OUMA, a former veterinarian and microbiologist, is fascinated with biological interaction dynamics at the microscopic and cellular levels. As human beings, we all carry 37 trillion cells in our bodies. These 37 million individual cells, with clearly defined independent structures - tirelessly migrate, interact, reproduce and mutate. OUMA’s art is an interpretation of the process.


  Yousi's art challenges the traditional perception of the universe around us. We live in an ever-changing, never-stagnant reality of interconnected organisms, objects, and technology, on an in- finite scale ranging from quantum particles to celestial heavens. This micro/macro dichotomy is the central focus of his paintings, eliciting human curiosity and philosophical thoughts.

  How can they exist simultaneously while following different laws? What would it look like if we could see them simultaneously? How does that change our perception of the world?


  The human eye has the ability to receive and analyze the visual image, utilizing space, color, shape,and dynamics to compose a perception of identity for various objects. Yet, society continuously indoctrinates us with the same atheistic standards, attitudes and values–training us to look only skin deep.

  Chen Qiang believes this system of evaluating beauty is broken and needs a reboot. His constant re- flection and self-exploration manifests in their piece, inviting us to remove our filters and delve beyond the surface sea of red.



  Over the past few years, I have made extensive use of the abacus motif in my work and am presently work on an animation project that also takes the abacus as its theme. I can't escape from the abacus as a metaphor in Chinese culture. Long ago the Chinese had a phrase that sums up its connotations: “Man makes his small calculations, heaven has its big abacus.” Similar to the sentiment of "Man proposes, God disposes”. Each has his own abacus but none can avoid the overriding and capricious effects of fate’s abacus.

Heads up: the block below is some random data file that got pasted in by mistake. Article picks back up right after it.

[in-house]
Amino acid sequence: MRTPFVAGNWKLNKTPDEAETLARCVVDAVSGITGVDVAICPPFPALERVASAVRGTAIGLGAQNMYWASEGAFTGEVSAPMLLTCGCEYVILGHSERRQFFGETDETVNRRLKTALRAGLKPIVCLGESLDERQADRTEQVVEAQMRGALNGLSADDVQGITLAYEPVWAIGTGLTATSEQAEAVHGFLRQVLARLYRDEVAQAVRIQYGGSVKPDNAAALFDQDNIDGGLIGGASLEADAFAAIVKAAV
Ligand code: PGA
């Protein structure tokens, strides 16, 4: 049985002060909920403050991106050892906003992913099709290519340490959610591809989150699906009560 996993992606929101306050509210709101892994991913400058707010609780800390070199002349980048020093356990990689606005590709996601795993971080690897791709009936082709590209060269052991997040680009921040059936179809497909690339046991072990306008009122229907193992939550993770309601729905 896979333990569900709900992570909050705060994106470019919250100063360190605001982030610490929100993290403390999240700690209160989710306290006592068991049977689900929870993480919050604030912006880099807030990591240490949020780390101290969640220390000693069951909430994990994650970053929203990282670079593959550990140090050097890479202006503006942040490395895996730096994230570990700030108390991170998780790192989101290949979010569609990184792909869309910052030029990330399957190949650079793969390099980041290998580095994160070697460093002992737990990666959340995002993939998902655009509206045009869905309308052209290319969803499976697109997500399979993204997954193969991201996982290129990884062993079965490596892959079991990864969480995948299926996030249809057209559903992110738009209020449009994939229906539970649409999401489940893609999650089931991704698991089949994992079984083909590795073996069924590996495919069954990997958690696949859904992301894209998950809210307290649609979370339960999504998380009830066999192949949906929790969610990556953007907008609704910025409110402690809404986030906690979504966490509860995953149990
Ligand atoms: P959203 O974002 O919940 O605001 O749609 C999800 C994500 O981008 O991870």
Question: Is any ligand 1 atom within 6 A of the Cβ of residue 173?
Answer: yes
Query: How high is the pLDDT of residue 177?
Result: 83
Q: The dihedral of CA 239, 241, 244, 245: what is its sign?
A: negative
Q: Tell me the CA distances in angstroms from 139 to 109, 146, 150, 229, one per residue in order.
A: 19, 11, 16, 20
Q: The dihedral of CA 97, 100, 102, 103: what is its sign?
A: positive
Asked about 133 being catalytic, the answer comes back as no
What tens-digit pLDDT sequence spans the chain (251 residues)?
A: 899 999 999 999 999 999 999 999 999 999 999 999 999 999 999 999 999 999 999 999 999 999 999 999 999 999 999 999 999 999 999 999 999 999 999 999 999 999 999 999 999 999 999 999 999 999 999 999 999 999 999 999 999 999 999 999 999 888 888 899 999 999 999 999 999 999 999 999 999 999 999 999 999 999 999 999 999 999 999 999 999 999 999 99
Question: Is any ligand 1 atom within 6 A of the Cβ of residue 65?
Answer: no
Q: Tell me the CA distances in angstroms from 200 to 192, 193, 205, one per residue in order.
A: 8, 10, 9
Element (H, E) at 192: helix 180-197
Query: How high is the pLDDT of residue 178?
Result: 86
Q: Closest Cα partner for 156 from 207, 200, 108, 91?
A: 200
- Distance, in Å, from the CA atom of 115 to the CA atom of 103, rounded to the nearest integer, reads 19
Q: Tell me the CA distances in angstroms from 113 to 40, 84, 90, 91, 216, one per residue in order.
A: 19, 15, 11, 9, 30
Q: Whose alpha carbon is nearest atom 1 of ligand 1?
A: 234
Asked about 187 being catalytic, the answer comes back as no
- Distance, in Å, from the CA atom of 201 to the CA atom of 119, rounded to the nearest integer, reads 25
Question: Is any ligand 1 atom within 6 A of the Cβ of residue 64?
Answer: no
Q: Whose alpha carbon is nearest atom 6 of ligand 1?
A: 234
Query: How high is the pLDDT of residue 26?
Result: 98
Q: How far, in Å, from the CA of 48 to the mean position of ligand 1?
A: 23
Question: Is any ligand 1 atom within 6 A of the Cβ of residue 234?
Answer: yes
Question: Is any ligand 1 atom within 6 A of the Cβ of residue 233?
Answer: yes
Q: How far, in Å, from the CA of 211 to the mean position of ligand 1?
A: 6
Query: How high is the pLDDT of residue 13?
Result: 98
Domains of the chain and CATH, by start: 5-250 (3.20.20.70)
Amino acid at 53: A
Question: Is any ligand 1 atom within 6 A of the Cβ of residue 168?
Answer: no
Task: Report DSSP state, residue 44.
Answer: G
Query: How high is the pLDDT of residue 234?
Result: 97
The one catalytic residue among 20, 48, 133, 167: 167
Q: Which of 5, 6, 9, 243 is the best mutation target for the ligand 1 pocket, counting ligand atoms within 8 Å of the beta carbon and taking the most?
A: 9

A former advertising director, Jonathan has always been intrigued by the power that words, visuals and hype has over people and used his talent to manufacture dreams to consumers. Now as an artist, he uses those same talents to express the authentic internal desire and aspirations that people keep locked away.

  After the collections are collaged onto canvases, the words “I WANT...” are carved away. What’s left is a window through the artwork, an unfulfilled dream both conceptually and structurally. I WANT is a fantasy based body of work that extends as far as there is human desire. He hope his vulnerability and honesty in the pieces will grant viewers a safe space to reflect on their dreams and desires.



  Once there was a Kuafu,day by day, He was chasing the sun, in the process of chasing he kept breaking through his own limits. His whole life was to implement the ideal, chasing light and heat till he died.

  The Kuafu in the story became another sun. His soul is as hot and shining as the sun, even as im- mortal as the sun.


  I am an experiential artist. My work is a reflection of my fantasy and reality, from sharing my art with others, seeing their reactions and hearing their fantasies, brings joy to my soul and gives me a sense of purpose. It is my hope that art makes a positive difference in peoples’ lives, knowing that we are all connected.


  Growing up I always have the anxiety of the process of nature and life. And have been payingclose attention to the changes of how life circulates in time and space, and it is endless...


  ‘Kiwisual’ is named after Kiwi Chan, who was inspired during the trip to Sichuan and Yunnan in 2004.

  When he stands on boundless stone field, it reminds him the time when he falls in love with photography. He created the ‘Kiwisual Artistic Stone after the trip, in the shapes of oval, cube and triangle.